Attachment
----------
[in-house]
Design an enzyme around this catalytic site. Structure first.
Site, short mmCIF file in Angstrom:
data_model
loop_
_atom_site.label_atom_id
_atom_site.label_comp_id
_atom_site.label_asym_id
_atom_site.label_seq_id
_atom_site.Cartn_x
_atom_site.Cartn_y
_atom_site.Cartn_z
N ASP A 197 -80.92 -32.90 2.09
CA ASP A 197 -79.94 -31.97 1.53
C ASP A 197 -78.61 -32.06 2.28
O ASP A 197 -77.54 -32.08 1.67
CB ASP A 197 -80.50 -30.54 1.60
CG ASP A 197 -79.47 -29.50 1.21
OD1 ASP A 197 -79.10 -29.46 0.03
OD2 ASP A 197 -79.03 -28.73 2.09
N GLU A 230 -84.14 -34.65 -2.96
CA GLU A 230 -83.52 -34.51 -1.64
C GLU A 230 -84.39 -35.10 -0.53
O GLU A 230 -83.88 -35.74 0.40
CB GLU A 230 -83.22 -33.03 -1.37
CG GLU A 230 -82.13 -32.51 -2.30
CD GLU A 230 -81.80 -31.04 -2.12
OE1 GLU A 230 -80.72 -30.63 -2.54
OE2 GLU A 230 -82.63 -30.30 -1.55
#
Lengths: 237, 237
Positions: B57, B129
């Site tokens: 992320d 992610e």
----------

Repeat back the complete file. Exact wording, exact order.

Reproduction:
[in-house]
Design an enzyme around this catalytic site. Structure first.
Site, short mmCIF file in Angstrom:
data_model
loop_
_atom_site.label_atom_id
_atom_site.label_comp_id
_atom_site.label_asym_id
_atom_site.label_seq_id
_atom_site.Cartn_x
_atom_site.Cartn_y
_atom_site.Cartn_z
N ASP A 197 -80.92 -32.90 2.09
CA ASP A 197 -79.94 -31.97 1.53
C ASP A 197 -78.61 -32.06 2.28
O ASP A 197 -77.54 -32.08 1.67
CB ASP A 197 -80.50 -30.54 1.60
CG ASP A 197 -79.47 -29.50 1.21
OD1 ASP A 197 -79.10 -29.46 0.03
OD2 ASP A 197 -79.03 -28.73 2.09
N GLU A 230 -84.14 -34.65 -2.96
CA GLU A 230 -83.52 -34.51 -1.64
C GLU A 230 -84.39 -35.10 -0.53
O GLU A 230 -83.88 -35.74 0.40
CB GLU A 230 -83.22 -33.03 -1.37
CG GLU A 230 -82.13 -32.51 -2.30
CD GLU A 230 -81.80 -31.04 -2.12
OE1 GLU A 230 -80.72 -30.63 -2.54
OE2 GLU A 230 -82.63 -30.30 -1.55
#
Lengths: 237, 237
Positions: B57, B129
């Site tokens: 992320d 992610e």